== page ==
Viola I transplanted many years ago always gets eaten 80% or more. I never figured out by what (ground hog, insects, birds?). I used a lot of repellent and it made no difference. It was eaten even faster this year and never flowered at all. The same plant was thriving and flowering in the front lawn where nothing ever eats it (until it was slightly damaged by the weed-and-feed that I used this year first time ever, which fortunately did far more harm to dandelions and blue bugle, which were the dominant components of the "lawn").
I transplanted slightly rooted branches of Rhododendron to the back years ago, where in past winters deer would take all the leaves when the snow was just the right depth to suddenly make those appetizing. Nothing ever touches the giant Rhododendrons in front that those came from. Repellent or luck kept the deer from those this winter. Something has been gradually nibbling on those this spring, ultimately taking several whole leaves and parts of other leaves. Likely insects, but I'm not sure. Doesn't look like the way deer eat.
One or more rabbits ate several plants in the front garden that I never identified. More likely than not, I would have decided those were weeds if I had figured out what they were. One rabbit got very bold and just sat there eating while I was nearby. But I don't normally wear my glasses, hadn't yet done any work in the part of the garden the rabbit was eating in and never had any guess what it ate.
[Last edited by jsf67 - May 16, 2017 8:55 AM (+)]
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Name: Philip Becker
Fresno California (Zone 8a)
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Philipwonel
May 16, 2017 8:08 AM CST
Deer would eat the whole plant.
Possibly cut worms. But as far as i know, cut worms only be-head seedlings when seeds first sprout. Put 1 or 2 tooth picks, close as you can, to stem. That stops them.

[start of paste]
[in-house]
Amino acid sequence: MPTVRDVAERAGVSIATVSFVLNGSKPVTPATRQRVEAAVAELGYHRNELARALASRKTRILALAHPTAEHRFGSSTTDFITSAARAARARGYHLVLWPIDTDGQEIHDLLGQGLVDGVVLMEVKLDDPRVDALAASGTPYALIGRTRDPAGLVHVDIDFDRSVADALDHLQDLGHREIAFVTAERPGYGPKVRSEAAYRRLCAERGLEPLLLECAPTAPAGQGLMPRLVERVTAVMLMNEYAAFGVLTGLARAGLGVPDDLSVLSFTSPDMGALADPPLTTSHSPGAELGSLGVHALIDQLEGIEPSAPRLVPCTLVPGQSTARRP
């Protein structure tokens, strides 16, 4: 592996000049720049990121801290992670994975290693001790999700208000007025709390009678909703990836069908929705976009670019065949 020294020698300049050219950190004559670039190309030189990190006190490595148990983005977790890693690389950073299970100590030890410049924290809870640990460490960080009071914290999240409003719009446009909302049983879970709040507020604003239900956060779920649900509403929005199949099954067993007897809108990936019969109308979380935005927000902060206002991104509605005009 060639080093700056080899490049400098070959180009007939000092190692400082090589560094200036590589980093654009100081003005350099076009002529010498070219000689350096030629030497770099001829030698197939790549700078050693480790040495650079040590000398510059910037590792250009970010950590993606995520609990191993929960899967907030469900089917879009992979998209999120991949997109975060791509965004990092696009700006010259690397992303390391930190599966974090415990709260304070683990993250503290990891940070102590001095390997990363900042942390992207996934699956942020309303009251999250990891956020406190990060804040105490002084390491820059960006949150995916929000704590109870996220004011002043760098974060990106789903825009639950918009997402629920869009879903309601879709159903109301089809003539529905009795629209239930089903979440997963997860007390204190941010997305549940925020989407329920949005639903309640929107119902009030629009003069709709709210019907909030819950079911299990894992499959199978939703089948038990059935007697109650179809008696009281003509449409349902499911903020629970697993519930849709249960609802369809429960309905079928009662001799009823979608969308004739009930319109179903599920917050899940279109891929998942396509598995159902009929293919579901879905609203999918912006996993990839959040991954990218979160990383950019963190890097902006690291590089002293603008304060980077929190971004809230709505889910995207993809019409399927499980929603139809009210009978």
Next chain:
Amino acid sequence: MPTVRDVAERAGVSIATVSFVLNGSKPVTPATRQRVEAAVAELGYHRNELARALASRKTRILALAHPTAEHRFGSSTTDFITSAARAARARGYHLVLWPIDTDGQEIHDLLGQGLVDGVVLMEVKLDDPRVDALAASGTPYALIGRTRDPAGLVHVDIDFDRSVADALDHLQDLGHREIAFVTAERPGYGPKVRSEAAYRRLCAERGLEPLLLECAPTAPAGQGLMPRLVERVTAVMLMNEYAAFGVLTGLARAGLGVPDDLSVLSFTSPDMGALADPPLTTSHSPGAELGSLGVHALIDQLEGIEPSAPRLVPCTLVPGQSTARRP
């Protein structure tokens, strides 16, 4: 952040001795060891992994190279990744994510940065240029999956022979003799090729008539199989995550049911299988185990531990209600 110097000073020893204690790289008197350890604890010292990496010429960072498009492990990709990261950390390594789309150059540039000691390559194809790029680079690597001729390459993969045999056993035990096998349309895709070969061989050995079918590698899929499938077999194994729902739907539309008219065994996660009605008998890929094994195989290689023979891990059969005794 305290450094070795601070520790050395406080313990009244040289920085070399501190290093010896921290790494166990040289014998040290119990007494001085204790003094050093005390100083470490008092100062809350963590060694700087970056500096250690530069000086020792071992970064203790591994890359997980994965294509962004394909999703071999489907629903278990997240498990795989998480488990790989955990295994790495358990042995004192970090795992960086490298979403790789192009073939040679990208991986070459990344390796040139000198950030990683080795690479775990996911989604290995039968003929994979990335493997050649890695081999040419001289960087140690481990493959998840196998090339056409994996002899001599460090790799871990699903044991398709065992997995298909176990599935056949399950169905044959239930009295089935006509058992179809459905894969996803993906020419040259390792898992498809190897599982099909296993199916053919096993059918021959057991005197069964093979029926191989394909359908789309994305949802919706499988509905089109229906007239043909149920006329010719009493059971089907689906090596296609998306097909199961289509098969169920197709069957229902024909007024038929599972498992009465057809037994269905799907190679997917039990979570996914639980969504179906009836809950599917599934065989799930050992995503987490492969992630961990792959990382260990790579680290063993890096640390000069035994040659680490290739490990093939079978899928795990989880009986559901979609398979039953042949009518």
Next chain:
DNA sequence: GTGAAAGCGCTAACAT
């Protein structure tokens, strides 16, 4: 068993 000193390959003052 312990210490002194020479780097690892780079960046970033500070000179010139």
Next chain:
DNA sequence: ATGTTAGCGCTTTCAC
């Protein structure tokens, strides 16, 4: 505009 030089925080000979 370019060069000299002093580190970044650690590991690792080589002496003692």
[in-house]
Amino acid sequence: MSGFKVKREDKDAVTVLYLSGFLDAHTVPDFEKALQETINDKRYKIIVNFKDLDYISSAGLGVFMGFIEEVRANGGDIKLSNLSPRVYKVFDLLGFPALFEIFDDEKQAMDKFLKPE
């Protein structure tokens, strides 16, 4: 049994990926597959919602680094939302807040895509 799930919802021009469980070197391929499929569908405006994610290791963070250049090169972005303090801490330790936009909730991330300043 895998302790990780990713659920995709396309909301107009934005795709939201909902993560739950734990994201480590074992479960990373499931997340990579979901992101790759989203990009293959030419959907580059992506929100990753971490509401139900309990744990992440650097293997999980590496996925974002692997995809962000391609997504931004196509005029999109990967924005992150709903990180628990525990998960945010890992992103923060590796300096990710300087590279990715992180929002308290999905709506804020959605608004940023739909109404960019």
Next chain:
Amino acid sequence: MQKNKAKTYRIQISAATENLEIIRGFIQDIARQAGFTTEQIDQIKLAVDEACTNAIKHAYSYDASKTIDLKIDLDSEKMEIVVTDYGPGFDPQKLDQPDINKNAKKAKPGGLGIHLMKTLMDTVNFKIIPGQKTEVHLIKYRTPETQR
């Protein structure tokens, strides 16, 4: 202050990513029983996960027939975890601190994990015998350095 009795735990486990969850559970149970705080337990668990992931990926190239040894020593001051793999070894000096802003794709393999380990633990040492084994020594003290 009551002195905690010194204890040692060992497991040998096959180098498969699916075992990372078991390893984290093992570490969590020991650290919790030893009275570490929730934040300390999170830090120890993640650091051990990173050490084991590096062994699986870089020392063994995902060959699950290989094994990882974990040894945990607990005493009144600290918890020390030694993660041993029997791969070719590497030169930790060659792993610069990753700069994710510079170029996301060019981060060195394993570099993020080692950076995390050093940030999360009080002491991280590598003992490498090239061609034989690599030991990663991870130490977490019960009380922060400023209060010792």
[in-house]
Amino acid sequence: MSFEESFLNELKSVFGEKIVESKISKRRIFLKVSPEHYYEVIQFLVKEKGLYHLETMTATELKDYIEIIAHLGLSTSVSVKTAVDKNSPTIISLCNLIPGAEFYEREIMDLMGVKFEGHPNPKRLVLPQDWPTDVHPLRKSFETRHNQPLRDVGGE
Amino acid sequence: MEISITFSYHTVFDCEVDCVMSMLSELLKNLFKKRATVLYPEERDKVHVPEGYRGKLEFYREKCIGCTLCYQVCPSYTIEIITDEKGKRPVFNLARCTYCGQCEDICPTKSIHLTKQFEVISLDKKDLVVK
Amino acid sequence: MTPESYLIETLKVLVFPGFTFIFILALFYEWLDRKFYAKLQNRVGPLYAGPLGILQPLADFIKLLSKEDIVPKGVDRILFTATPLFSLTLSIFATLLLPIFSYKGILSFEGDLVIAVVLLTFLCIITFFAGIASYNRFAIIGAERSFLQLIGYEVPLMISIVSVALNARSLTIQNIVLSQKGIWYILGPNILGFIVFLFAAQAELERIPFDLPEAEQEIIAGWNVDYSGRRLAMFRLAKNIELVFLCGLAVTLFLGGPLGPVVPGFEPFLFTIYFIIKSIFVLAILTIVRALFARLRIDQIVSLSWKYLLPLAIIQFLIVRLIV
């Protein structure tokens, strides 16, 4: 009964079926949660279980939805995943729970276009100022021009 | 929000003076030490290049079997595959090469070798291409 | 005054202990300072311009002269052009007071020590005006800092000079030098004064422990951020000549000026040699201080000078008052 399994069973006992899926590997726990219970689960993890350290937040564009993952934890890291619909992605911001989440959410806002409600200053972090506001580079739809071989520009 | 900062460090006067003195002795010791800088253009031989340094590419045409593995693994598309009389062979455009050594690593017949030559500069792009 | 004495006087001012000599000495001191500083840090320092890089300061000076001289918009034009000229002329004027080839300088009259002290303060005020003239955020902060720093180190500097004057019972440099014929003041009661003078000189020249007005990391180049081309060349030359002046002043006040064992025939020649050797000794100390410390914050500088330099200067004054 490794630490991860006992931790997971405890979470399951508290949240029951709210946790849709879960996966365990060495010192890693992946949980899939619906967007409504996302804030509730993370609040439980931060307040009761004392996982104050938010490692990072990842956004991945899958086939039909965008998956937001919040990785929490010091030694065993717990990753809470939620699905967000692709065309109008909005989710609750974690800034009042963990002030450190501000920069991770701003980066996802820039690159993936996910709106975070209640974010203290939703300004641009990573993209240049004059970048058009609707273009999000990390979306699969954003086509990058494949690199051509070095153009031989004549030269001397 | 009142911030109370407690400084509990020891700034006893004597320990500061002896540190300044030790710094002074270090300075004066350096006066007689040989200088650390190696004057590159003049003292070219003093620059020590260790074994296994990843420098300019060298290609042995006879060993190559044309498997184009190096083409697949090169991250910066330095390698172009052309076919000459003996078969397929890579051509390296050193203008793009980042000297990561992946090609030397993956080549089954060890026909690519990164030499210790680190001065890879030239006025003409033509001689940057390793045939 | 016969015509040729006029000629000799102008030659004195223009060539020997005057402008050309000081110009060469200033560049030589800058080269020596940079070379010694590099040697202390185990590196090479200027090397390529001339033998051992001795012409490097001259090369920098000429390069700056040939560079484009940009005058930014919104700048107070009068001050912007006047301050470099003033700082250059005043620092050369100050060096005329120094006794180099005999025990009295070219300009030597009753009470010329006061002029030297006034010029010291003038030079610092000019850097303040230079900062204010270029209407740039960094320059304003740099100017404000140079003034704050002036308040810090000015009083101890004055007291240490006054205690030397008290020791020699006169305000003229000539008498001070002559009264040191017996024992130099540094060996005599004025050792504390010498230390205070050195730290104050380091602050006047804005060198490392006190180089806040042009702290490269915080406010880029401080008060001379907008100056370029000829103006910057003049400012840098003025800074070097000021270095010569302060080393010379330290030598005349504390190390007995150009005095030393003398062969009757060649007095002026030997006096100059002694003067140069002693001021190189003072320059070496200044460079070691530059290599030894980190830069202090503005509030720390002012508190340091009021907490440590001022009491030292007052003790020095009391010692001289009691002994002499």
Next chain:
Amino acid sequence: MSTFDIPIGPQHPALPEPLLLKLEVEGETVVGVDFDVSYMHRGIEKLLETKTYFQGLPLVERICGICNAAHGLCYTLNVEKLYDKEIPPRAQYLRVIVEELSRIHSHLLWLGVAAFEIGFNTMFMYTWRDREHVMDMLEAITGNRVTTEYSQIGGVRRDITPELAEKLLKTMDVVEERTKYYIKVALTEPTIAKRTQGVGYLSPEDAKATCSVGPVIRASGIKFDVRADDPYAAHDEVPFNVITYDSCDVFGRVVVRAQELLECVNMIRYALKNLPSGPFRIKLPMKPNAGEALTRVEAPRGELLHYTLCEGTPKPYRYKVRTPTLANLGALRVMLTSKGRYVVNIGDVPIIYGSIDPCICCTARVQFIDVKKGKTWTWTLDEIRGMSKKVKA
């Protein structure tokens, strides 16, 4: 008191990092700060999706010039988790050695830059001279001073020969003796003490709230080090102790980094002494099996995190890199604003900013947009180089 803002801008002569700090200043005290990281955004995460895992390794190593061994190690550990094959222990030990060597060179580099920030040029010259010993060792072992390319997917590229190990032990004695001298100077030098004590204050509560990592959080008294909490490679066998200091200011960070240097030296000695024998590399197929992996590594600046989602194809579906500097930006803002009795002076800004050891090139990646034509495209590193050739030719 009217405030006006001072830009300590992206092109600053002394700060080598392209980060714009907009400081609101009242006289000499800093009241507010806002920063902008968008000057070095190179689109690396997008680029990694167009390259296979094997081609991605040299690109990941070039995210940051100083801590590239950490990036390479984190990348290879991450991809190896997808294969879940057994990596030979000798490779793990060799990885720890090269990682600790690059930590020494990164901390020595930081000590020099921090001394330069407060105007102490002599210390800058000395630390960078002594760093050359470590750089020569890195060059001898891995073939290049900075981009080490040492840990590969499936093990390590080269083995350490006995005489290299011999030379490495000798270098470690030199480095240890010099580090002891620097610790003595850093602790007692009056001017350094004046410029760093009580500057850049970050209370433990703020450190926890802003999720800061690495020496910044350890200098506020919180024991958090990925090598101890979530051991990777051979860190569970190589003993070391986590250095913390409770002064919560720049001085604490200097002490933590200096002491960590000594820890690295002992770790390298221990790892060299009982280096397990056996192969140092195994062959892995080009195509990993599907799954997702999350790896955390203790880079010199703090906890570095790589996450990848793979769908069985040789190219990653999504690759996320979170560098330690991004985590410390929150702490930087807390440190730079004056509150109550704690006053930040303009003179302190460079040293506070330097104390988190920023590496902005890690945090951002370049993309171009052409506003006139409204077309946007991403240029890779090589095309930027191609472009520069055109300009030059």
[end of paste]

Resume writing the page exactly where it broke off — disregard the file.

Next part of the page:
@Garden10 : Abbey, you have me curious, as to what kind of bird
be-heads plants, and why. Thank you.
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Name: Caroline Scott
Calgary (Zone 4a)
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CarolineScott
May 16, 2017 8:12 AM CST
Magpies and crows did my tulips that way!!
Name: Abbey
Eastern New York State (Zone 6a)
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Garden10
May 16, 2017 8:24 AM CST
@Philipwonel Hey Philip! I used to, until VERY recently, refer to a lot of birds as "chippies," a family word for chipping sparrows that was used to describe everything from house finches to wrens to chickadees, so it was one of those birds, the idea was, and remember, I'm parroting (man, that was completely coincidental, I swear!) what was told to me, that they eat the seeds, and it is much easier to make quick work of it if the flower is down on the ground than standing upright! Shrug!

@Sooby Red-pawed! Hilarious! Voles are a new one on my hit parade, I was completely ew-ed last fall to find several dead hairy grey mice accompanied by dead babies, on the floor of my garage over the course of two-three months -- it was the painter who told me they were voles. Eesh!
"Every now and then I leave the book on the seat and go and have a refreshing potter among my flower beds from which I return greatly benefited, and with a more just conception of what is worth bothering about, and what is not." The Solitary Summer -- Elizabeth von Arnim
Name: Sue
Ontario, Canada (Zone 4a)
Daylilies Birds Enjoys or suffers cold winters Native Plants and Wildflowers Butterflies Annuals
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sooby
May 16, 2017 8:36 AM CST
Garden10 said:

@ Sooby Red-pawed! Hilarious! Voles are a new one on my hit parade, I was completely ew-ed last fall to find several dead hairy grey mice accompanied by dead babies, on the floor of my garage over the course of two-three months -- it was the painter who told me they were voles. Eesh!